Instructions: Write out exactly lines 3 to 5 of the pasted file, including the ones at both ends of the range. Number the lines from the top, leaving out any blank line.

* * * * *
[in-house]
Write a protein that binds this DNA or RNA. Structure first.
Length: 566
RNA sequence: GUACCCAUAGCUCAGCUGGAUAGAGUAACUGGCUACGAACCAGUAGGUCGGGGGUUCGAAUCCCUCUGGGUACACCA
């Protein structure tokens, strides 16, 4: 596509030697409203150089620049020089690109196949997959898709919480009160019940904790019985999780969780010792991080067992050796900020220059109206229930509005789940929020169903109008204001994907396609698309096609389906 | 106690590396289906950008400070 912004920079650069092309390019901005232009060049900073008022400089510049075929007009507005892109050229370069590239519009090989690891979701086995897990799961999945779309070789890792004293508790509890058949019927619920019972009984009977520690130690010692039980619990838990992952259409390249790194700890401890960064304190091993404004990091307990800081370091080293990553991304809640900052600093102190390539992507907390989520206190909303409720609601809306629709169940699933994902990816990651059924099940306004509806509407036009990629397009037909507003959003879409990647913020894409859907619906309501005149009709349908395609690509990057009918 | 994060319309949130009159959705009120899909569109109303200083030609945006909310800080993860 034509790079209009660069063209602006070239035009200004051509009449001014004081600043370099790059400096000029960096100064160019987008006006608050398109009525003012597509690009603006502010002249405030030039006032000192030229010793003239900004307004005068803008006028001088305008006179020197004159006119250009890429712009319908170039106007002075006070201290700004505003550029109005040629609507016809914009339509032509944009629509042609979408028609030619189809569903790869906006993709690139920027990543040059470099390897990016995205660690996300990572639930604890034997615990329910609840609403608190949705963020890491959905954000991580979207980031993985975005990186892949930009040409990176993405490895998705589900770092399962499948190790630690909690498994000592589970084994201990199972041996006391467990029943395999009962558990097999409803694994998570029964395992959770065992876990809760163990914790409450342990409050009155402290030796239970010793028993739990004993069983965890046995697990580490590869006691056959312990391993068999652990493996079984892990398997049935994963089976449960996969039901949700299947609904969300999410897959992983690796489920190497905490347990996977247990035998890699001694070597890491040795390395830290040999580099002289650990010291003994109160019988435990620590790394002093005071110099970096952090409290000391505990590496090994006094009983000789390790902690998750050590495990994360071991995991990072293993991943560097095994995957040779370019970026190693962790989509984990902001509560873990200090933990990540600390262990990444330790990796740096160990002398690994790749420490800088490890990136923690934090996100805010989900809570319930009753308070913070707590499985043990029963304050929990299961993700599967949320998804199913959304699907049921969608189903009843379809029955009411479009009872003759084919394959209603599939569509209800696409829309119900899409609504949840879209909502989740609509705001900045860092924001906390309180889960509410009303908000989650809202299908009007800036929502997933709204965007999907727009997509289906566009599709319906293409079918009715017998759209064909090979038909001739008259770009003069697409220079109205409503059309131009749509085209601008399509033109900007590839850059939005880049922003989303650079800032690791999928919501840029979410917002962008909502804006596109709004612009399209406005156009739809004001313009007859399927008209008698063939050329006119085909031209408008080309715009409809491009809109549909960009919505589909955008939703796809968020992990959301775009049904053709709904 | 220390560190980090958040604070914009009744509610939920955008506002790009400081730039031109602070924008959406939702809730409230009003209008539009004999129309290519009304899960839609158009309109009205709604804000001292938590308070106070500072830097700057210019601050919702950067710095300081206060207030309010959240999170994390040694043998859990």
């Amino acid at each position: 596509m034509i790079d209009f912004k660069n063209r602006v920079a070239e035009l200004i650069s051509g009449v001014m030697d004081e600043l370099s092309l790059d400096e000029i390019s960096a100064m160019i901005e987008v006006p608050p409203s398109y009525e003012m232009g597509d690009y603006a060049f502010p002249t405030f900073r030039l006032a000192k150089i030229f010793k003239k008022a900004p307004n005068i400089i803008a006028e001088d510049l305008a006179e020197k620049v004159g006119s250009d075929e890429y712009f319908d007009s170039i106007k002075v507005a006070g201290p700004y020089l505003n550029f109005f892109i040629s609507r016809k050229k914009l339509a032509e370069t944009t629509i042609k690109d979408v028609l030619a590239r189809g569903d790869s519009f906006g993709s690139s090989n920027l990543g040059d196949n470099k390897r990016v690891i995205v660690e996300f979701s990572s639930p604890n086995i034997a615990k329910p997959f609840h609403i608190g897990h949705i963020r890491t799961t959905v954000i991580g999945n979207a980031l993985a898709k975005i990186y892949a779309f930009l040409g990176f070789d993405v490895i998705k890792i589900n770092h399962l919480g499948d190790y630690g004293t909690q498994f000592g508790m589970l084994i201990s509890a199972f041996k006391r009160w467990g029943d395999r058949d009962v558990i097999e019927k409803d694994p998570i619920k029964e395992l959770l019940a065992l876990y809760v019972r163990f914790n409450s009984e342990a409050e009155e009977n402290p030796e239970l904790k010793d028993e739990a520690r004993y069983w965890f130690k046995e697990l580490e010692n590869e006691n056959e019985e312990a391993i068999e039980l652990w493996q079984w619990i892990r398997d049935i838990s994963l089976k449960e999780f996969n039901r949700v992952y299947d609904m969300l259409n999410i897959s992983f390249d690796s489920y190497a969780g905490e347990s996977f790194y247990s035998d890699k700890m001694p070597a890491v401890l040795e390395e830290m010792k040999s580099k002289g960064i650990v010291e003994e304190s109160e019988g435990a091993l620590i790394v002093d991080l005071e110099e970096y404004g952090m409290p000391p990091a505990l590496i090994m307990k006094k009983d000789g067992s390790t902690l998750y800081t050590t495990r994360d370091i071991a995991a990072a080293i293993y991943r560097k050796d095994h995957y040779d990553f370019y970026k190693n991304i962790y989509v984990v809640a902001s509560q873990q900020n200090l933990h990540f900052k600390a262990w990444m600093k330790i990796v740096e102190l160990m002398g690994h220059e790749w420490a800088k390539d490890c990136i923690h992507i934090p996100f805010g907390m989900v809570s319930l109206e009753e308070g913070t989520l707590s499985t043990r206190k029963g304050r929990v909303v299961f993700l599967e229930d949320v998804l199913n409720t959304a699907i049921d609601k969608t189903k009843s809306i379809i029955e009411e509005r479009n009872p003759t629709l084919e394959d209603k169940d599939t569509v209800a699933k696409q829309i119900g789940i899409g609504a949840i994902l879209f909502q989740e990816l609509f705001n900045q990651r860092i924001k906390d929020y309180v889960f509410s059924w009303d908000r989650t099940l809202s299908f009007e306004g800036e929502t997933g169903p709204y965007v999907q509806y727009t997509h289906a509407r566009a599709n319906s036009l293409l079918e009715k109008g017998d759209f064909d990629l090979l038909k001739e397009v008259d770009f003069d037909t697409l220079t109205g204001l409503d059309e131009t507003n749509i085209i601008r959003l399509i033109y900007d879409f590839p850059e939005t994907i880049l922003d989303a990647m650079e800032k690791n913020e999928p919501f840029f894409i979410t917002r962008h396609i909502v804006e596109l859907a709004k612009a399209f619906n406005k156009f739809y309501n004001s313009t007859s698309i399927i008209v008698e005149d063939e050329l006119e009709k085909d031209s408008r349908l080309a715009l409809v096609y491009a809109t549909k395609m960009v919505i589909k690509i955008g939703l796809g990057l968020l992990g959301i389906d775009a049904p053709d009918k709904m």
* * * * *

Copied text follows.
Length: 566
RNA sequence: GUACCCAUAGCUCAGCUGGAUAGAGUAACUGGCUACGAACCAGUAGGUCGGGGGUUCGAAUCCCUCUGGGUACACCA
């Protein structure tokens, strides 16, 4: 596509030697409203150089620049020089690109196949997959898709919480009160019940904790019985999780969780010792991080067992050796900020220059109206229930509005789940929020169903109008204001994907396609698309096609389906 | 106690590396289906950008400070 912004920079650069092309390019901005232009060049900073008022400089510049075929007009507005892109050229370069590239519009090989690891979701086995897990799961999945779309070789890792004293508790509890058949019927619920019972009984009977520690130690010692039980619990838990992952259409390249790194700890401890960064304190091993404004990091307990800081370091080293990553991304809640900052600093102190390539992507907390989520206190909303409720609601809306629709169940699933994902990816990651059924099940306004509806509407036009990629397009037909507003959003879409990647913020894409859907619906309501005149009709349908395609690509990057009918 | 994060319309949130009159959705009120899909569109109303200083030609945006909310800080993860 034509790079209009660069063209602006070239035009200004051509009449001014004081600043370099790059400096000029960096100064160019987008006006608050398109009525003012597509690009603006502010002249405030030039006032000192030229010793003239900004307004005068803008006028001088305008006179020197004159006119250009890429712009319908170039106007002075006070201290700004505003550029109005040629609507016809914009339509032509944009629509042609979408028609030619189809569903790869906006993709690139920027990543040059470099390897990016995205660690996300990572639930604890034997615990329910609840609403608190949705963020890491959905954000991580979207980031993985975005990186892949930009040409990176993405490895998705589900770092399962499948190790630690909690498994000592589970084994201990199972041996006391467990029943395999009962558990097999409803694994998570029964395992959770065992876990809760163990914790409450342990409050009155402290030796239970010793028993739990004993069983965890046995697990580490590869006691056959312990391993068999652990493996079984892990398997049935994963089976449960996969039901949700299947609904969300999410897959992983690796489920190497905490347990996977247990035998890699001694070597890491040795390395830290040999580099002289650990010291003994109160019988435990620590790394002093005071110099970096952090409290000391505990590496090994006094009983000789390790902690998750050590495990994360071991995991990072293993991943560097095994995957040779370019970026190693962790989509984990902001509560873990200090933990990540600390262990990444330790990796740096160990002398690994790749420490800088490890990136923690934090996100805010989900809570319930009753308070913070707590499985043990029963304050929990299961993700599967949320998804199913959304699907049921969608189903009843379809029955009411479009009872003759084919394959209603599939569509209800696409829309119900899409609504949840879209909502989740609509705001900045860092924001906390309180889960509410009303908000989650809202299908009007800036929502997933709204965007999907727009997509289906566009599709319906293409079918009715017998759209064909090979038909001739008259770009003069697409220079109205409503059309131009749509085209601008399509033109900007590839850059939005880049922003989303650079800032690791999928919501840029979410917002962008909502804006596109709004612009399209406005156009739809004001313009007859399927008209008698063939050329006119085909031209408008080309715009409809491009809109549909960009919505589909955008939703796809968020992990959301775009049904053709709904 | 220390560190980090958040604070914009009744509610939920955008506002790009400081730039031109602070924008959406939702809730409230009003209008539009004999129309290519009304899960839609158009309109009205709604804000001292938590308070106070500072830097700057210019601050919702950067710095300081206060207030309010959240999170994390040694043998859990």